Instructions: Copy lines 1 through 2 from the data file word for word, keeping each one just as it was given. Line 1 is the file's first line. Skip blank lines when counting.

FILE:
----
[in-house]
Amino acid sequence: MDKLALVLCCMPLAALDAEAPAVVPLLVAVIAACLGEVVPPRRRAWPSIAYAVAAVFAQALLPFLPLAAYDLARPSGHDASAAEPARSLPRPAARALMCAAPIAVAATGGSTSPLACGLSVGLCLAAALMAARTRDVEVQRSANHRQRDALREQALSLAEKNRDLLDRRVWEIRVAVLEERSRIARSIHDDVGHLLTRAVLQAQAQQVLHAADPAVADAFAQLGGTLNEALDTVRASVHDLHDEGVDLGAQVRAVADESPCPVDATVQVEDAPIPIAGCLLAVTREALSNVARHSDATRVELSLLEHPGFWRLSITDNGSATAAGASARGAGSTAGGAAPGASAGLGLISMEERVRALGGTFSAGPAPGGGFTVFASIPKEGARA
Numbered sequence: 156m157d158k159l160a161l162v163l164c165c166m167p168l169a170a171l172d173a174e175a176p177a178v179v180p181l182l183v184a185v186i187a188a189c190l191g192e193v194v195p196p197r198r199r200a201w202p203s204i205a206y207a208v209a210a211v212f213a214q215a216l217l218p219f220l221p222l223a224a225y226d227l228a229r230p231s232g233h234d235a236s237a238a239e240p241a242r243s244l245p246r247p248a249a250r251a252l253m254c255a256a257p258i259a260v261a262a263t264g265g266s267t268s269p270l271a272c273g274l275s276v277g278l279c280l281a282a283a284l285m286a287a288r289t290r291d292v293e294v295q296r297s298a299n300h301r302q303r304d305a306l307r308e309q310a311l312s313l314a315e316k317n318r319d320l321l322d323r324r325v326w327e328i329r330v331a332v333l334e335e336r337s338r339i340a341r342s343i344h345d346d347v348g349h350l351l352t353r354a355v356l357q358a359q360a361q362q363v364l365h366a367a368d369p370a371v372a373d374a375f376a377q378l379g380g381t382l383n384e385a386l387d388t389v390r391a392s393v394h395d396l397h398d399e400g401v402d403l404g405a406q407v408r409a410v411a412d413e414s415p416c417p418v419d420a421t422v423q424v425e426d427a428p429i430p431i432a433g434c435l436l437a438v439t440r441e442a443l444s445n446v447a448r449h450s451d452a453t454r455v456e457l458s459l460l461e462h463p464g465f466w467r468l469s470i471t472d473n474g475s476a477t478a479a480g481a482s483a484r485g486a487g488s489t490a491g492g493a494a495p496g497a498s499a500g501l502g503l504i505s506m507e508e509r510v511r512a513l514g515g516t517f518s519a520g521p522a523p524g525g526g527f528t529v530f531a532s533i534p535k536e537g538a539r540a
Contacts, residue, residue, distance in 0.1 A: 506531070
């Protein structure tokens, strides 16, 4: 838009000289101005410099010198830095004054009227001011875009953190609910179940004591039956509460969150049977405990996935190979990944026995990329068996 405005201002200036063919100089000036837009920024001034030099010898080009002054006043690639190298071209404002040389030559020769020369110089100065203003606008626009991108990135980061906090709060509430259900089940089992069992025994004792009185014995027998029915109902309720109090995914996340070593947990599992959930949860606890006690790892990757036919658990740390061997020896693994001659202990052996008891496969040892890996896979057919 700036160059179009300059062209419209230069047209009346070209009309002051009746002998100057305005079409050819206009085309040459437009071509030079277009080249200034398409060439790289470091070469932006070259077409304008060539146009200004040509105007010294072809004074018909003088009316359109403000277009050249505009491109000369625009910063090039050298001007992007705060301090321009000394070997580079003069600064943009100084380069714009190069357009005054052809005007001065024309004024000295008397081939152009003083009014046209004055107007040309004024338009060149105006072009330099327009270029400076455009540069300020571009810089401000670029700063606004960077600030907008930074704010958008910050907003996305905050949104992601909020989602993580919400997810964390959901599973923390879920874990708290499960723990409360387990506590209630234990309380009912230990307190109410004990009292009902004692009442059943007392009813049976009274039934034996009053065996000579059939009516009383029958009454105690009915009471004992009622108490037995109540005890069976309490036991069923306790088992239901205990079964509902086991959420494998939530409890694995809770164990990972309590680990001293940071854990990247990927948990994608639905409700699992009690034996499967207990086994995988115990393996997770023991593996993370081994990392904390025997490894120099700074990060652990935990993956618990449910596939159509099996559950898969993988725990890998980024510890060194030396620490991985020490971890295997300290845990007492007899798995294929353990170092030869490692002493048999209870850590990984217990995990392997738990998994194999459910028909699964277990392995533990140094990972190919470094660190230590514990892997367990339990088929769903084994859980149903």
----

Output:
[in-house]
Amino acid sequence: MDKLALVLCCMPLAALDAEAPAVVPLLVAVIAACLGEVVPPRRRAWPSIAYAVAAVFAQALLPFLPLAAYDLARPSGHDASAAEPARSLPRPAARALMCAAPIAVAATGGSTSPLACGLSVGLCLAAALMAARTRDVEVQRSANHRQRDALREQALSLAEKNRDLLDRRVWEIRVAVLEERSRIARSIHDDVGHLLTRAVLQAQAQQVLHAADPAVADAFAQLGGTLNEALDTVRASVHDLHDEGVDLGAQVRAVADESPCPVDATVQVEDAPIPIAGCLLAVTREALSNVARHSDATRVELSLLEHPGFWRLSITDNGSATAAGASARGAGSTAGGAAPGASAGLGLISMEERVRALGGTFSAGPAPGGGFTVFASIPKEGARA